Change can be rough, and that's certainly been the case for 510 Fifth Avenue, the landmarked Manufacturers Trust Company Building, now sporting a new look from owner Steve Roth of Vornado Realty and his architectural team at SOM. With permission granted by the Landmarks Preservation Commission, they've reshaped the 1954 modernist masterpiece for Canadian retailer Joe Fresh. As with any remodel, and even more so when it involves minimalism, the devil is in the details. Now that the landmarked interior has been redone and the store is finally open for shopping, folks will be able to take a look at old Manny Hanny and judge for themselves.
When the original Gordon Bunshaft interior was landmarked early last year, the event was seen as a celebration of New York's modernist heritage, but that quickly devolved into a saga of revised plans and lengthy lawsuits. One positive outcome of that legal wrangle was the promised return of the building's Harry Bertoia sculptural screen, which had been removed when the property changed hands a few months earlier. In a notable rant, architectural critic Ada Louise Huxtable labeled that act "a perverse form of preservation."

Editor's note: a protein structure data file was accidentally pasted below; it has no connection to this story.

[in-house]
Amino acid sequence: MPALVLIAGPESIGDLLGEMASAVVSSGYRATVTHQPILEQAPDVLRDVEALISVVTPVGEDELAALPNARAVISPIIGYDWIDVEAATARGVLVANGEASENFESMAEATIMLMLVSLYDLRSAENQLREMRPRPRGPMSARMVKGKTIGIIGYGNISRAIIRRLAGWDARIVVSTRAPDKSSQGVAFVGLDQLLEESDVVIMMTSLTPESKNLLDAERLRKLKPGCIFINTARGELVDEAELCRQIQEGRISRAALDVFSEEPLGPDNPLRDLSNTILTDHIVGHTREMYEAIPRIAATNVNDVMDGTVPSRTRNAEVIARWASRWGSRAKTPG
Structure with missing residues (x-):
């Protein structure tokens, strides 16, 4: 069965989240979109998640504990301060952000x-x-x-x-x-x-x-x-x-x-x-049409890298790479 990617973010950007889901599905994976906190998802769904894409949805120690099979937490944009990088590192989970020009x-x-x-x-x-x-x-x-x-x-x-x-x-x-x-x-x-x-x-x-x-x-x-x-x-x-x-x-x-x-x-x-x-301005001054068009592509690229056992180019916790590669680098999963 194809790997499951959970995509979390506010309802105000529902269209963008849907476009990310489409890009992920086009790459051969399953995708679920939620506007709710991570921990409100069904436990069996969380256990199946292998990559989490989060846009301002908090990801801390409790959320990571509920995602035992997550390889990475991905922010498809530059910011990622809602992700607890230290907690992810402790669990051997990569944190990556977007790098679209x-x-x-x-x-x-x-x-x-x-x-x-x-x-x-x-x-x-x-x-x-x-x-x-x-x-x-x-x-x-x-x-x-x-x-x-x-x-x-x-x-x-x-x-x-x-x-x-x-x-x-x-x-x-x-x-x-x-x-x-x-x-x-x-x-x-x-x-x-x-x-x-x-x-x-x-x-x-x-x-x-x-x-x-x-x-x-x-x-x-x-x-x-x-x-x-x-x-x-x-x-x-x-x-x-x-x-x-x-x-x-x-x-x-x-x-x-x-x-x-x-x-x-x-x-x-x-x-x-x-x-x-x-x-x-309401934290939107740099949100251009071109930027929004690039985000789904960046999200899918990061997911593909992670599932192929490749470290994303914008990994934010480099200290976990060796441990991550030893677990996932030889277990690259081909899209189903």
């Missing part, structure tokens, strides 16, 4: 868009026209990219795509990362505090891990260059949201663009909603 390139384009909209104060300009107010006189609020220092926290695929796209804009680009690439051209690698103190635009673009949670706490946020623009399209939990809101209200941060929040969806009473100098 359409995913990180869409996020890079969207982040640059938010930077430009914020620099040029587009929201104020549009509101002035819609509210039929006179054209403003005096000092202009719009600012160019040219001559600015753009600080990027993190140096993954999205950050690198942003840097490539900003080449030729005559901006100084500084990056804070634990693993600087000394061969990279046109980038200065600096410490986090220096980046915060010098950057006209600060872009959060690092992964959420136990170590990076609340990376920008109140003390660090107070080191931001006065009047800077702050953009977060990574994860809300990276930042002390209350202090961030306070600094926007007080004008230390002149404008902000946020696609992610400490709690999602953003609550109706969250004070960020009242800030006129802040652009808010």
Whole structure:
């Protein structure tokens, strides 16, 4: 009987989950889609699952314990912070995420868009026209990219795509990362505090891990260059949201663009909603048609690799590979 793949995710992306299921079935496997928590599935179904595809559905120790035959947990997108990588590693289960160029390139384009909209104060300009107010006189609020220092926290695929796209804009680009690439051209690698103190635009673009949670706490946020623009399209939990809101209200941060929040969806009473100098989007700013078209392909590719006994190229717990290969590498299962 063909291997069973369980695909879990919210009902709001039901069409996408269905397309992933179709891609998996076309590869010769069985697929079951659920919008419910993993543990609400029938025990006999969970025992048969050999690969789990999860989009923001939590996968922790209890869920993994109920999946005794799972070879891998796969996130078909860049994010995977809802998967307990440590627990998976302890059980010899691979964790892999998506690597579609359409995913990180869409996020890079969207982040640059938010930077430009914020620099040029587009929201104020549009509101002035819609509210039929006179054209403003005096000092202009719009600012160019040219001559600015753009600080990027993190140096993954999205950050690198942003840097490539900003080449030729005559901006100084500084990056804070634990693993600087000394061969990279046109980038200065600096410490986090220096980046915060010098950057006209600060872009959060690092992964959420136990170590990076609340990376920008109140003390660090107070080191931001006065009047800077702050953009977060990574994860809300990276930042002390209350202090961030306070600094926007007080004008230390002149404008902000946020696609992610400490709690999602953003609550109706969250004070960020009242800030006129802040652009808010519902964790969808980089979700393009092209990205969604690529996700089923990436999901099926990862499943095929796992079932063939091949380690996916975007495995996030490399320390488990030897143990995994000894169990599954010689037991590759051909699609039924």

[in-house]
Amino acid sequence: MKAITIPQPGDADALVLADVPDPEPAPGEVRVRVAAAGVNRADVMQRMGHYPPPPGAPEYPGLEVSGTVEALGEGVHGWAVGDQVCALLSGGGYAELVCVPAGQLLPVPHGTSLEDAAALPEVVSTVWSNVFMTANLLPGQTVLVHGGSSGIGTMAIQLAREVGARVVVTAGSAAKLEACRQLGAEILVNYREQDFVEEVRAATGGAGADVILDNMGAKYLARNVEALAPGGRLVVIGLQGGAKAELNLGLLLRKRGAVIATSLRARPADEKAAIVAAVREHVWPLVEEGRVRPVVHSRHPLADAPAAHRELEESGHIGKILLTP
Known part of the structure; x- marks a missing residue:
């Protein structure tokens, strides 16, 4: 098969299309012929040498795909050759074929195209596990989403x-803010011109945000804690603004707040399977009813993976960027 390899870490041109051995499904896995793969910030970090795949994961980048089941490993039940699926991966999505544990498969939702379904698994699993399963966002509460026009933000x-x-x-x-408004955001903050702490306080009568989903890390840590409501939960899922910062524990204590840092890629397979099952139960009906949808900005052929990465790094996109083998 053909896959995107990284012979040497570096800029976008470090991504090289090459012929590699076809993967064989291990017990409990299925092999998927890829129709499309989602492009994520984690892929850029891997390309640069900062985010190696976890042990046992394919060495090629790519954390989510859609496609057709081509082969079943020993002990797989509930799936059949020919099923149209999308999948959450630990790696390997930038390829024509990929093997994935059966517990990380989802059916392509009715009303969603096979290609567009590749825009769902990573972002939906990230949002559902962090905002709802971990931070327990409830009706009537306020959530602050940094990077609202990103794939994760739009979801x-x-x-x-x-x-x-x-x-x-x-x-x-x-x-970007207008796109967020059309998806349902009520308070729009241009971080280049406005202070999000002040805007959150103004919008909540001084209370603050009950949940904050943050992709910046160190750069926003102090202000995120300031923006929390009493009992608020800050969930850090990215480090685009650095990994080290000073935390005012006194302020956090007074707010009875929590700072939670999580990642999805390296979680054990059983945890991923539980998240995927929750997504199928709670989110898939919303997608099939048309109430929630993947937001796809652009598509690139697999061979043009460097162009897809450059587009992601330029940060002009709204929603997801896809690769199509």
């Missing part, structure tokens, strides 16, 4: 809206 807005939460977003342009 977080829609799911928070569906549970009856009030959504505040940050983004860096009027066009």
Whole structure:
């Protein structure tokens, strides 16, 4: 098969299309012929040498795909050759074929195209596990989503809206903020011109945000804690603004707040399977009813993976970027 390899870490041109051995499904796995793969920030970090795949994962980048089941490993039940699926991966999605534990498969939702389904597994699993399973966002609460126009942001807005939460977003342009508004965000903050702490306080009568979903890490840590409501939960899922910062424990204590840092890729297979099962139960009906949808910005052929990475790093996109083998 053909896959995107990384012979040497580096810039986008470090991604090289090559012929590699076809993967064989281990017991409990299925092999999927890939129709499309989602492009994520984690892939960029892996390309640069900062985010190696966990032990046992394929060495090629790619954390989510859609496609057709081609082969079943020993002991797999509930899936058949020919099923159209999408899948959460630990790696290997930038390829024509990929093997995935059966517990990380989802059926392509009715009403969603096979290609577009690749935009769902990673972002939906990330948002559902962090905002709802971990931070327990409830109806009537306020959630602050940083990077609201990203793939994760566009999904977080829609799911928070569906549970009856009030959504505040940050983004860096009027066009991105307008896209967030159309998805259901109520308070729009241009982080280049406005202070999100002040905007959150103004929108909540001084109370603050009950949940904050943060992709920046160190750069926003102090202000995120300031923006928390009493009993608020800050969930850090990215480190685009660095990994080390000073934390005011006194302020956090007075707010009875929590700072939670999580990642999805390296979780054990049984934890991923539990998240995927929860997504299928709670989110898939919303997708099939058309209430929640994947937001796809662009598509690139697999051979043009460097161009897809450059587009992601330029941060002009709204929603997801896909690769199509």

After the lawsuit was settled, the preservationists thought their prayers had been answered. The original Bertoia is back home in all its metallic glory, with Vornado's proposed replacement, a knock off in aluminum, nowhere to be seen. But Bertoia's hidden behind the new beefy steel 'n' glass elevator and, preservationist Michael Gotkin noted after seeing the new set up, "We're very pleased the the sculpture is back, but the many details carefully crafted by Bunshaft and Bertoia are now lost in a morass of merchandise." Mayor Bloomberg seems to think otherwise, declaring at the opening festivities that Joe Fresh is "the greatest Canadian import since Justin Bieber." So the two sides will have to agree to disagree, it seems.
What else is fresh and new at 510 Fifth? The formerly open interior space has been chopped in half, and the signature escalator moved aside and minimized. To make way for adaptive retail re-use, new doorways have been punched into the glass facade along Fifth Avenue. That entry reconfiguration required a whole new set of stairs and a rampway, a re-design that was barely mentioned at the public hearing before the LPC. The iconic Mosler vault door facing onto Fifth Avenue now stands alone, its black granite wall moved south and marked only by a big stripe across the floor, all to make way for a second retail space, empty and available for rent. The new Joe Fresh flagship takes up the other half of the first floor and all of the second level mezzanine.
· Joe Fresh coverage [Racked]
· 510 Fifth Avenue coverage [Curbed]